Constitutional showdown lurks as states legalize marijuana
“The Rocky Mountains just got a whole lot higher,” said Matt Ferner of the Huffington Post as Colorado becomes one of two states which have passed a historic referendum calling for the legalization of marijuana which is set to become what critics are calling a “constitutional showdown.”
While the eyes of the world were locked on to the results of the tight presidential elections last week many may have not realized that Colorado voters passed Amendment 64, which will “amend the state constitution to legalize and regulate the production, possession, and distribution of marijuana for persons age 21 and older,” CNN reports, making Colorado the first state to end the prohibition of marijuana within the United States.
The last time Colorado voted on the issue was in 2006 where it saw the measure voted down.
Along the same line, CNN also reports that the state of Washington voted in support of the marijuana legalization for adults while also calling for a “25 percent tax rate imposed on the product three times: when the grower sells it to the processor, when the processor sells it to the retailer, and when the retailer sells it to the customer.”
The Huffington Post has cited that “Washington state analysts have produced the most generous estimate of how much tax revenue legal pot could produce, at nearly $2 billion over five years.”
Moreover, legalization in Colorado could “produce hundreds of new jobs, raise millions for the construction of Colorado public schools and raise around $60 million annually in combined savings and revenue for Colorado’s budget,” states a new report by the Colorado Center on Law & Policy.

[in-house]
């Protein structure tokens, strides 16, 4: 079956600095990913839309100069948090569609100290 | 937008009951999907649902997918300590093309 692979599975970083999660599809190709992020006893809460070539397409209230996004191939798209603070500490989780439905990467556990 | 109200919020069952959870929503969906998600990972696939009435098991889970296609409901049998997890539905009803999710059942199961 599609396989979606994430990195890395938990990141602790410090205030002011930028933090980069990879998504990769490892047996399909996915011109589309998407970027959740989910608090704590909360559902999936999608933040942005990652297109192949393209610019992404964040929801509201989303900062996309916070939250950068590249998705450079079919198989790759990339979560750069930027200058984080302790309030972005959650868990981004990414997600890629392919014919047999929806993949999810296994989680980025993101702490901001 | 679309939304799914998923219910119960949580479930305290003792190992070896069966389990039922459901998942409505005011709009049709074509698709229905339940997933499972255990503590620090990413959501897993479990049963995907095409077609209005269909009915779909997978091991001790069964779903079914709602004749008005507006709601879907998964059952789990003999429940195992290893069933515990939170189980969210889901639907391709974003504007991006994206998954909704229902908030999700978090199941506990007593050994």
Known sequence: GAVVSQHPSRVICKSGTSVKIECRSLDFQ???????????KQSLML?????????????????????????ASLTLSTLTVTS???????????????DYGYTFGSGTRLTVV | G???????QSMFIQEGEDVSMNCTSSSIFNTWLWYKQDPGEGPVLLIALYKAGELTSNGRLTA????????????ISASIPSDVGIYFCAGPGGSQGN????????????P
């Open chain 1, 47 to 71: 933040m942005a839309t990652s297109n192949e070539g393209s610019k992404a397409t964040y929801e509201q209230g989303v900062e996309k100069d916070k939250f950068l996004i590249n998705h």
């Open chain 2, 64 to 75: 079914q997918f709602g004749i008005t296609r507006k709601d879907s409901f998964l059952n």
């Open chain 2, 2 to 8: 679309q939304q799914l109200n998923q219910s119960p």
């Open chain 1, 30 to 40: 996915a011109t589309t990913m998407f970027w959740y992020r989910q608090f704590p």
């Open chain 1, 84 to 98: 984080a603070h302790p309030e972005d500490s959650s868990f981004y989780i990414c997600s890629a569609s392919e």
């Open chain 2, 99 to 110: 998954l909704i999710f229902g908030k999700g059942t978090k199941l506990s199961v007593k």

Yet the third state to put the issue into vote, Oregon, voted a strong no to the ballot initiative regarding the same issue of marijuana legalization entailed in Measure 80.
In local news, Grand Rapids passed Proposal 2 for the decriminalization of marijuana use with 58.9 percent voicing their support on the issue. In essence the proposal comprised of making “marijuana possession and use a civil infraction instead of a misdemeanor crime.”
Nevertheless the spotlight remains on Colorado and Washington as its outcome cites a “more apparent conflict between state and federal law,” explains Professor Mikael Pelz of Calvin College’s political science department.
In fact, Colorado’s Democratic governor, John Hickenlooper cautioned that voters should not “break out the Cheetos or gold fish too quickly,” referring to the case of the munchies where marijuana smokers desire high-fat or sweet foods.
Federal law classifies marijuana as an illegal narcotic and according to the Christian Science Monitor, the U.S. Department of Justice has asserted that it will not change its enforcement policies stating, “In enacting the Controlled Substances Act, Congress determined that marijuana is a Schedule I controlled substance. We are reviewing the ballot initiative and have no additional comment at this time.”
Moreover, former DEA administrator Peter Bensinger has stressed that “Federal law, the U.S. Constitution and Supreme Court decisions say that this cannot be done because federal law preempts state law”.
Kevin Sabet, a former senior adviser at the White House Office of National Drug Control Policy has affirmed that “Once these states actually try to implement these laws, we will see an effort by the feds to shut it down”.